It’s true that Trump will soon be leaving the White House, however reluctantly. But he will be far from gone. In fact as a result of his leaving office, he may become more vigorous than ever. Because, while admittedly he has never shown much of a sense of responsibility, he will now feel no responsibility whatsoever – for anything. And that means he can lob bombs with impunity, at Joe Biden and the Democrats, at any Republicans who dare to stand up to him, however meekly, and at anyone else he feels the urge to attack.
And while this may be nothing new, the reason I bring it up is because it means the next few months and beyond are going to be something of a test for the media.
Throughout the past four years those in the media have been unified in their message, having regularly and predictable recited their pledge of allegiance to the cause:
“Well of course we have to cover Trump, and of course we have to respond to every one of his boneheaded Tweets. He’s the president.”
Well he’s no longer the president, or at least he won’t be for long. And that represents a challenging dilemma for the media – whether or not to continue to milk their sacred cash cow. And it will be interesting to see how much willpower they have, how well those in the media are able to resist the pull of the shiniest of the shiny objects, in order to wean themselves of their addiction to Trump and his hyper-partisan hyperbole.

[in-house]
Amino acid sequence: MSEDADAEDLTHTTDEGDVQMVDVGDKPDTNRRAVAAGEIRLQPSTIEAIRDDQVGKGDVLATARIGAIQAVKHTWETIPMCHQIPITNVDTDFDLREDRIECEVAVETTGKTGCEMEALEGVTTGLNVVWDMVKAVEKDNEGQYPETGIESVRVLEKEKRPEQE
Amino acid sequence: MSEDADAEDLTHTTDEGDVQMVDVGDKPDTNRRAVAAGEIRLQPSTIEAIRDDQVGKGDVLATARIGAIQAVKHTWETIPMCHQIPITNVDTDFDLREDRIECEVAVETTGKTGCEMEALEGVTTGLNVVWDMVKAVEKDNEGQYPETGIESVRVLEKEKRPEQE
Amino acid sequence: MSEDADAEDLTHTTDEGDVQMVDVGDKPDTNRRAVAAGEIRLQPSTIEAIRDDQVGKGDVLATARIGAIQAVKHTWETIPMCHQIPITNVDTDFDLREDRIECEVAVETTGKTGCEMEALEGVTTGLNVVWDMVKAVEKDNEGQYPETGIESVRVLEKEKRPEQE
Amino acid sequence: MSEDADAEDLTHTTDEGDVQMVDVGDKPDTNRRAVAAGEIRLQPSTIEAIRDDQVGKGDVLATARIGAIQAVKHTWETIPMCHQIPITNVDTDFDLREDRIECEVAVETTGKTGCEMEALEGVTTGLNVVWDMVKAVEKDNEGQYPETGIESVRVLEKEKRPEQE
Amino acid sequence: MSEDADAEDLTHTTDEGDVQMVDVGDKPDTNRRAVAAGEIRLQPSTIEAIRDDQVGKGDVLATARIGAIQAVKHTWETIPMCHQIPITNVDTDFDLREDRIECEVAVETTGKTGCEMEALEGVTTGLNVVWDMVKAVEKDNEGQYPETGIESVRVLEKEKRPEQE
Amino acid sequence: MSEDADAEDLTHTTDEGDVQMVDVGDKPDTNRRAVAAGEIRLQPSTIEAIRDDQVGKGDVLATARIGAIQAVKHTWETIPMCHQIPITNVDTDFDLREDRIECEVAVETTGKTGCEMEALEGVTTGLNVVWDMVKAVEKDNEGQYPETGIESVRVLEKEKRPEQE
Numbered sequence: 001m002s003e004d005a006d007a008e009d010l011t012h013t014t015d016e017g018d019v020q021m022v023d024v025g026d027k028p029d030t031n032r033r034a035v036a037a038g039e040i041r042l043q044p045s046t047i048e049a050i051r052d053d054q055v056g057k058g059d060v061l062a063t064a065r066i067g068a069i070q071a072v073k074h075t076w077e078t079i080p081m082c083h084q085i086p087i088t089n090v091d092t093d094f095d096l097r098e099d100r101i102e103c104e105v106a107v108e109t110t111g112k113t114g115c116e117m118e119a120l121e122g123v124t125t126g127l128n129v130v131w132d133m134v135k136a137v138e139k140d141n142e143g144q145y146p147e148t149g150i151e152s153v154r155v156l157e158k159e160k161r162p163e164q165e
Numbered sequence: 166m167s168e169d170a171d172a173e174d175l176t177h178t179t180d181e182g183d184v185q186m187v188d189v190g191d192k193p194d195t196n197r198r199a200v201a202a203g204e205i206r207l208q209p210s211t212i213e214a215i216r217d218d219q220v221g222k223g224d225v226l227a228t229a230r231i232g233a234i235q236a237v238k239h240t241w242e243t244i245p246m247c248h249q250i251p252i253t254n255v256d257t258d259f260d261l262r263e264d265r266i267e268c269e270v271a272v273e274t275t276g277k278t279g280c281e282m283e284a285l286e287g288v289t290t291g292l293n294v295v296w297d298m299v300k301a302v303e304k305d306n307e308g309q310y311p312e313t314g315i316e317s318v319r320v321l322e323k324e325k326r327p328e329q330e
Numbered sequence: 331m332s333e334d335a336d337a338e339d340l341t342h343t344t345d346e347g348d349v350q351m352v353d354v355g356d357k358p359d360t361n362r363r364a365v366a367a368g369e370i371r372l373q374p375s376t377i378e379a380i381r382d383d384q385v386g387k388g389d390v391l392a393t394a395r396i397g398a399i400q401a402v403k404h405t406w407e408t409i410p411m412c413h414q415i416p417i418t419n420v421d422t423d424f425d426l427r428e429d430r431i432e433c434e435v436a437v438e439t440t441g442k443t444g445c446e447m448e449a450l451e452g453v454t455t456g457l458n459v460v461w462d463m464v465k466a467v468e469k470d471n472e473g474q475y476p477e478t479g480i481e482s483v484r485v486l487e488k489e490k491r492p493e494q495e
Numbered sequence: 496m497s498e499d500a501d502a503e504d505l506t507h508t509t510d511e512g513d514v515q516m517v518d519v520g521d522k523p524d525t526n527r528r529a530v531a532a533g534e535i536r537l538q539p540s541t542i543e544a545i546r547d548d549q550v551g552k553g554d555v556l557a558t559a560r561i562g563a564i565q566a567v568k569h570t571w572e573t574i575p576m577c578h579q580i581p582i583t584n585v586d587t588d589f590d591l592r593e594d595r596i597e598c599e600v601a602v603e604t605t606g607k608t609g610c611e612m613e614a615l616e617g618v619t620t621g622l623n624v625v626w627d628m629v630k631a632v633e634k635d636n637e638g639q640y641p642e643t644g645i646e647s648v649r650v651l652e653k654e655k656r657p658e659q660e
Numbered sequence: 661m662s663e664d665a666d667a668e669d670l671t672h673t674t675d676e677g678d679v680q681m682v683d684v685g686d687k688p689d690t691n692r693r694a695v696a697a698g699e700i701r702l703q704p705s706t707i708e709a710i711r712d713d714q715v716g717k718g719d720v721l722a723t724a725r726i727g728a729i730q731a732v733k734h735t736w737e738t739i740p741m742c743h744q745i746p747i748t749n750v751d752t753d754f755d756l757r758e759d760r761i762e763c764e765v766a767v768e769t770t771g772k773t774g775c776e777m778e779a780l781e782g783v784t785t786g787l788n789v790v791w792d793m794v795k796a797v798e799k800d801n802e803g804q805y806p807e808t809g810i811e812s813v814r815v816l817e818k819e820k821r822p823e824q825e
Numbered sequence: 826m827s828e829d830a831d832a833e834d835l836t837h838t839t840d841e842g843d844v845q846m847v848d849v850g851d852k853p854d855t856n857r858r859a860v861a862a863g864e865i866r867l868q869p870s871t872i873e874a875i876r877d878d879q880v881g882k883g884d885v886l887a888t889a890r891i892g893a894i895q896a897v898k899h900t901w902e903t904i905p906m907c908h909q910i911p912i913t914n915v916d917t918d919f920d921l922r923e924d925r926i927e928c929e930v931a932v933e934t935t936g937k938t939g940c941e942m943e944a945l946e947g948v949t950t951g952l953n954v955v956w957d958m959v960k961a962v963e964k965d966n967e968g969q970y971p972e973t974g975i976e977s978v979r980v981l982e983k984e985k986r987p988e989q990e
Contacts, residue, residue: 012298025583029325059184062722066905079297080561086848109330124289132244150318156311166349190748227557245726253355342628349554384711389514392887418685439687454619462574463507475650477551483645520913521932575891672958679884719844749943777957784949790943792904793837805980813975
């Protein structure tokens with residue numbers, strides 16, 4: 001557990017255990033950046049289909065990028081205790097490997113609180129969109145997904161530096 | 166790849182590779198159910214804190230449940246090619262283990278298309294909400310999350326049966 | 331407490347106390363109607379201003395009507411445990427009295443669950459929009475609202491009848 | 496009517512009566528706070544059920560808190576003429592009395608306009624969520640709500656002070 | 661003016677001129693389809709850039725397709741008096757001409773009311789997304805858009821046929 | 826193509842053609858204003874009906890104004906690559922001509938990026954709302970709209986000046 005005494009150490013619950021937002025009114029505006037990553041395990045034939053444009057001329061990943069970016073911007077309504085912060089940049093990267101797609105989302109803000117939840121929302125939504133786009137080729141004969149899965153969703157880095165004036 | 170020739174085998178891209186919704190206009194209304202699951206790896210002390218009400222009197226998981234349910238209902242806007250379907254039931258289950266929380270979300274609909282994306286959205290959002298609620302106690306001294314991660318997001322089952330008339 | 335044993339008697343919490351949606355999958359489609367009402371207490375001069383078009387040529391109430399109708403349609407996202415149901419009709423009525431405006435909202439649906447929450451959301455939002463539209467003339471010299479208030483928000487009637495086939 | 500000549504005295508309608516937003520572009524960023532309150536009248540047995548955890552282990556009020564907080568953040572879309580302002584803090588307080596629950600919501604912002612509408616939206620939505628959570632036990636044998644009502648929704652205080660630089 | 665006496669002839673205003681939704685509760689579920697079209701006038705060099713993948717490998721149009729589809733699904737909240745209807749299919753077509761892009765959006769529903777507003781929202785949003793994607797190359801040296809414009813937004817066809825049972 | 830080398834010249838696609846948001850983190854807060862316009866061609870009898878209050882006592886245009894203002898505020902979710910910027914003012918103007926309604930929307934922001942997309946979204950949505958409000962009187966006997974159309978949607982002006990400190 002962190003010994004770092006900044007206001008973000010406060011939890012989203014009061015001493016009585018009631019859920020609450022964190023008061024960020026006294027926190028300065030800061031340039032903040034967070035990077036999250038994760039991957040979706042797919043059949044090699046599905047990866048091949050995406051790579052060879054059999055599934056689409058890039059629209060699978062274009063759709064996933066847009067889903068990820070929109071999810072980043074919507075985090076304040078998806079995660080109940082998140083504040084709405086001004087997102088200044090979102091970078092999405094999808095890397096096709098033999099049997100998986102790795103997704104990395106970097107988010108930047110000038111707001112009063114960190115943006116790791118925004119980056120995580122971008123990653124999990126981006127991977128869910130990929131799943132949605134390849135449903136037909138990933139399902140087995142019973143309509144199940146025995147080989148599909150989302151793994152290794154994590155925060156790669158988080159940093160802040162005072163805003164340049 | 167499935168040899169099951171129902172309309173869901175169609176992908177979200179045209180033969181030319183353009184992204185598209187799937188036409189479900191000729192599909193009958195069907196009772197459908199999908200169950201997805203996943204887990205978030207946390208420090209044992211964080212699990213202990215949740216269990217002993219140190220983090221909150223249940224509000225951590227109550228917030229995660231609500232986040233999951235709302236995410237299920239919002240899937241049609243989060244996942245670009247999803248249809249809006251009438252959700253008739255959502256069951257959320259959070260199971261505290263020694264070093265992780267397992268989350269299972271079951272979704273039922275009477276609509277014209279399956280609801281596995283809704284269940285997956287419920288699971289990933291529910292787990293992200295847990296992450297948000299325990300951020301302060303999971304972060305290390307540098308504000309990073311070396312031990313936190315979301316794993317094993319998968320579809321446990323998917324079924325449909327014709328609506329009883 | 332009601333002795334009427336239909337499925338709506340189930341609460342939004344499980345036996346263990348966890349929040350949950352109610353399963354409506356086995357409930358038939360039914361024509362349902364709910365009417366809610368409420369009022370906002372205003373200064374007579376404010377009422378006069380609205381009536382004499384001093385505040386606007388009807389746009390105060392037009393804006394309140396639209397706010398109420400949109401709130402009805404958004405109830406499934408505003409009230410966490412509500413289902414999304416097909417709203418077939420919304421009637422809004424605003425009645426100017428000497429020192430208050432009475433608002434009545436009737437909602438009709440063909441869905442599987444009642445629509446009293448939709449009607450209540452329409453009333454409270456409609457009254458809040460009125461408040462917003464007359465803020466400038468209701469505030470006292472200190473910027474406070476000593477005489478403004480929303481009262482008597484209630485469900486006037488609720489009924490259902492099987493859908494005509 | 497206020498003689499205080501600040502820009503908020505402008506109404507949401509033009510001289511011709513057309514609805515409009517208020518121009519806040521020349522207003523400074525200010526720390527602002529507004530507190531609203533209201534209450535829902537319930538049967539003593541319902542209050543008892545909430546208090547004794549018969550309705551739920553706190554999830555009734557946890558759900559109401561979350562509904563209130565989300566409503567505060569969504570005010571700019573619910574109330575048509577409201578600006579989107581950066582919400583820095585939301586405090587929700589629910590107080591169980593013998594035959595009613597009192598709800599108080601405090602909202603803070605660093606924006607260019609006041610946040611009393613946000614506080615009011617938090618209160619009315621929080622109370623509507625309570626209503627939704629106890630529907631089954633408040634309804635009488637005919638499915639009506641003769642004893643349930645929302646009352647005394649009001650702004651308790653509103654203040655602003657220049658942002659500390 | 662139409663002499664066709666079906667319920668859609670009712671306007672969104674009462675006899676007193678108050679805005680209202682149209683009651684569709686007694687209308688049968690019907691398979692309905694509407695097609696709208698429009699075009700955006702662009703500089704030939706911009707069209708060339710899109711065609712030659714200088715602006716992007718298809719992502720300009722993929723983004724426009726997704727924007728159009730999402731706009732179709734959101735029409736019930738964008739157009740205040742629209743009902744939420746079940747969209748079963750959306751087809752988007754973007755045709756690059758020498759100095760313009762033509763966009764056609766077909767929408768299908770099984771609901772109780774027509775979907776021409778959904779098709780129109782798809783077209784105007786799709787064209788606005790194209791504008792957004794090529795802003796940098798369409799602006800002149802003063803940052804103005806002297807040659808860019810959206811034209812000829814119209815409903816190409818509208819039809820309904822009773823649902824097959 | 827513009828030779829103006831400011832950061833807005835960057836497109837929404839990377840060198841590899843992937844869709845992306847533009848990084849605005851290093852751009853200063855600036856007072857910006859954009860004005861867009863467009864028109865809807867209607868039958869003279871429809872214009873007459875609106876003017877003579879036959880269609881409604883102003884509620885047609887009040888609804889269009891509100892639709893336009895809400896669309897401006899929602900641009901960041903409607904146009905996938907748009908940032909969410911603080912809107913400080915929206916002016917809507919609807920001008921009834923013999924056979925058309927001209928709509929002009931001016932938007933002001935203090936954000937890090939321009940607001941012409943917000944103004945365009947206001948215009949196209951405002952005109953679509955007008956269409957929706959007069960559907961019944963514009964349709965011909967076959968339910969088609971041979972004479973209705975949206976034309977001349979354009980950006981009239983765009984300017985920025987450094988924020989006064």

I’m old enough to remember a similar quandary some twenty years ago following the sudden death of Lady Di, an event that triggered a non-stop news cycle that lasted for weeks on end. But just as the story was beginning to fade, Mother Theresa, a truly sainted woman, died in Calcutta. And having just given wall-to-wall coverage to Lady Di, a woman who was famous solely because she married well, that presented the media with a huge dilemma.
In the end they knew they had no choice but to pack up their gear amid the glamour of London and Paris, and head off to the squalor of Calcutta. They clearly didn’t like it, but they knew they had to go.
And the media now faces a similar dilemma. Only this time the stakes are so much higher. This time it isn’t about celebrating the life of a saint. It’s about saving the soul of a nation, and by extension perhaps the entire modern world – with it’s global economy, and global trading system, United Nations, World Health Organization, Paris Climate Accord, and a thousand other international bodies and treaties that make up the modern world – all of which now hang in the balance. And they have only a few days to decide on a course of action.
Are they going to continue to focus their attention on Donald Trump, that shiniest of shiny objects, or are they going to get down in the details, and stick with the more mundane affairs of Boring Old Joe? Only the next few days and weeks will tell.